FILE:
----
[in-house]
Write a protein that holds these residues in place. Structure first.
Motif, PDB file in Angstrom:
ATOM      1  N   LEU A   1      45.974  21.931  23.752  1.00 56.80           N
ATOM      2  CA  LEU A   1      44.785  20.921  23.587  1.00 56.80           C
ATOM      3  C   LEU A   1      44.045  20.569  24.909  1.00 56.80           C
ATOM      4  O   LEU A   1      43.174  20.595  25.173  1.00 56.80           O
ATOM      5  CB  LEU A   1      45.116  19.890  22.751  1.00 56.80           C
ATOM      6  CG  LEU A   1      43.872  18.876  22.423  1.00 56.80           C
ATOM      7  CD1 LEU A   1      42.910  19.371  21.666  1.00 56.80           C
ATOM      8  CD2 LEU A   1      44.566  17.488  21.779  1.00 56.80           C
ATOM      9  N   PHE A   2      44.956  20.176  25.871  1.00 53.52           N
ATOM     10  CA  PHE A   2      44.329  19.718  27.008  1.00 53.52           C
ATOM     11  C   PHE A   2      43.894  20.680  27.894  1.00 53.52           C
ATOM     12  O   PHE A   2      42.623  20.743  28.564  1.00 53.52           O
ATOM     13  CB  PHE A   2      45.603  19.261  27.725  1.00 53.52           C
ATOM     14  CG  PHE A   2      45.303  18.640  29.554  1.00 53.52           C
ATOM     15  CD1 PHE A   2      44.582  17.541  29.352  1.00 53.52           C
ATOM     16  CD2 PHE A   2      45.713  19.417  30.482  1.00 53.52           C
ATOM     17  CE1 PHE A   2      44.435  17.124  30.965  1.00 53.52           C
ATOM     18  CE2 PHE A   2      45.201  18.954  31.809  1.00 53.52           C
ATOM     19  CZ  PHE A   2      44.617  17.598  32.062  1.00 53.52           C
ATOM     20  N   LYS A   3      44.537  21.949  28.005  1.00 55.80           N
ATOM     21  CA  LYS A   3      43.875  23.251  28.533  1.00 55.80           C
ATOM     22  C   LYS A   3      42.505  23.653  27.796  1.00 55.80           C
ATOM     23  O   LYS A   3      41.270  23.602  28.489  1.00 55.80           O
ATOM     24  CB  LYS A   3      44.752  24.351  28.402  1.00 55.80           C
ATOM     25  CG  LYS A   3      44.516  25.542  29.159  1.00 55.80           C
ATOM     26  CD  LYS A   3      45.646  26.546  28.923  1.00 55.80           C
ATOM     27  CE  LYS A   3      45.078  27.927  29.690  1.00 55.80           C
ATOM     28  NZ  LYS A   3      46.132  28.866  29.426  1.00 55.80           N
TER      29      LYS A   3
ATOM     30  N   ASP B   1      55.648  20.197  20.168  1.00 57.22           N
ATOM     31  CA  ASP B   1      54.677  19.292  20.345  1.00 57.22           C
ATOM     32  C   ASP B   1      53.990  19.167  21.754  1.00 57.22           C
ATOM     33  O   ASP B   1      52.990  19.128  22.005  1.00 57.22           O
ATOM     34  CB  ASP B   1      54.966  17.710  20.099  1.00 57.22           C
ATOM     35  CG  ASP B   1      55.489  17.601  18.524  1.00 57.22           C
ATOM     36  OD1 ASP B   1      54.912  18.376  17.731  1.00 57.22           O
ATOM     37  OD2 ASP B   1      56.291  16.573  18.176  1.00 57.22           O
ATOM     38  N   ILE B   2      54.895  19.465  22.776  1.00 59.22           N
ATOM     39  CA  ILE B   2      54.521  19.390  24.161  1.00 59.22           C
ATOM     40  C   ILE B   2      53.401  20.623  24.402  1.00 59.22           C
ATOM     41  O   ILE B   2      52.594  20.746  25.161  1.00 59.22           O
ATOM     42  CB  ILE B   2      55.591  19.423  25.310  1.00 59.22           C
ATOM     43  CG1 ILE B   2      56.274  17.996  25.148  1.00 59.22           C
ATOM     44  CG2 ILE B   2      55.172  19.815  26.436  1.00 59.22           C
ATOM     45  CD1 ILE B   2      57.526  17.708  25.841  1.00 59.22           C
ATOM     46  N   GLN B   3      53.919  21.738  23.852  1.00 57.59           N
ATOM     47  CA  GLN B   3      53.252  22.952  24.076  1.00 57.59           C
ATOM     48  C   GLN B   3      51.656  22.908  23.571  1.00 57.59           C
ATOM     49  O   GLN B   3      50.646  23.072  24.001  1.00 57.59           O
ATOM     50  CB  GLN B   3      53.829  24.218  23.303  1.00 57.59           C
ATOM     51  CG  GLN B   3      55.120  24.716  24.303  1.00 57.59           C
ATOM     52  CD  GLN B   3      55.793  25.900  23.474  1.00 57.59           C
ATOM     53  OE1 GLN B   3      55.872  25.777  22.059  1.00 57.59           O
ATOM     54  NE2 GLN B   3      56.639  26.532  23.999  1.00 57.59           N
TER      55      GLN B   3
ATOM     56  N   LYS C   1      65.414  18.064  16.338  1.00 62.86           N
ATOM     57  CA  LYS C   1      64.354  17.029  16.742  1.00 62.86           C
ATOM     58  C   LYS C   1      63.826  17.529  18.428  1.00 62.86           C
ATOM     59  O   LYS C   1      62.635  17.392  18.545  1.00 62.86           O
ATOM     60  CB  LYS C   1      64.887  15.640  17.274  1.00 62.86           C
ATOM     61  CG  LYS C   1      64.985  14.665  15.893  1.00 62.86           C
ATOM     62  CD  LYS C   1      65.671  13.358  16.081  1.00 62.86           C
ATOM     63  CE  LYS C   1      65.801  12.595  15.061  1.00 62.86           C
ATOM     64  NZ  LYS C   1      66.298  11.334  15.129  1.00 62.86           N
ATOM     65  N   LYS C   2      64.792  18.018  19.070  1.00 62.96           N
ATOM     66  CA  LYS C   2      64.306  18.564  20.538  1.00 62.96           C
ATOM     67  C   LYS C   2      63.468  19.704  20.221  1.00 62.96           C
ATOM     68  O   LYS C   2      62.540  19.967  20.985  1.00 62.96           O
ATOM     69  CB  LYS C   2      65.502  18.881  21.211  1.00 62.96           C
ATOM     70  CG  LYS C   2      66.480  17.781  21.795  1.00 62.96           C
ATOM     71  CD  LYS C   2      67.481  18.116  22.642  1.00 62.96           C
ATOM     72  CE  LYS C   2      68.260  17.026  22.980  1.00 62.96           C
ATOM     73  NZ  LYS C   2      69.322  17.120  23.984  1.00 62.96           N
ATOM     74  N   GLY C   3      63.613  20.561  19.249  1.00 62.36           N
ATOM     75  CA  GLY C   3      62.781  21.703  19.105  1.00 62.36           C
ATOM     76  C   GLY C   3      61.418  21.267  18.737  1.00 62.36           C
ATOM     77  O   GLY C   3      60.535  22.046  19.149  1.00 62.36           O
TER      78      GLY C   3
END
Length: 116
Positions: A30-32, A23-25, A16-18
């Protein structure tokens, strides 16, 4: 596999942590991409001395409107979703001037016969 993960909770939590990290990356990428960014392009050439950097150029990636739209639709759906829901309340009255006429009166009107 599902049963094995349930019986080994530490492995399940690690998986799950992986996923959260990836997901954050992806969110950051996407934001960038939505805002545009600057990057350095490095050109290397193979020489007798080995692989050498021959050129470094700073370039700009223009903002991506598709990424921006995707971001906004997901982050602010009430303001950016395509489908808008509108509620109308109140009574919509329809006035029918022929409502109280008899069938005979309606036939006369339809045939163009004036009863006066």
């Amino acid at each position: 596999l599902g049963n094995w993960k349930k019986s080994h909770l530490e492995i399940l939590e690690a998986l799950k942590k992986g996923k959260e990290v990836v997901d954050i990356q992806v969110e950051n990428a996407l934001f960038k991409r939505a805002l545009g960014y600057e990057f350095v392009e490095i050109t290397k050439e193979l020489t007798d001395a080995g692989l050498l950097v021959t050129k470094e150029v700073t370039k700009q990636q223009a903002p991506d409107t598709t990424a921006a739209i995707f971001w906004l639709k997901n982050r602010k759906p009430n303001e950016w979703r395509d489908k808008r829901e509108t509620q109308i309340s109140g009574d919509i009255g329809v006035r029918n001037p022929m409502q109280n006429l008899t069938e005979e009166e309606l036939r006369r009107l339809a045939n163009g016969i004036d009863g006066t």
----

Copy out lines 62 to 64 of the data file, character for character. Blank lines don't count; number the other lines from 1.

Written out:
ATOM     59  O   LYS C   1      62.635  17.392  18.545  1.00 62.86           O
ATOM     60  CB  LYS C   1      64.887  15.640  17.274  1.00 62.86           C
ATOM     61  CG  LYS C   1      64.985  14.665  15.893  1.00 62.86           C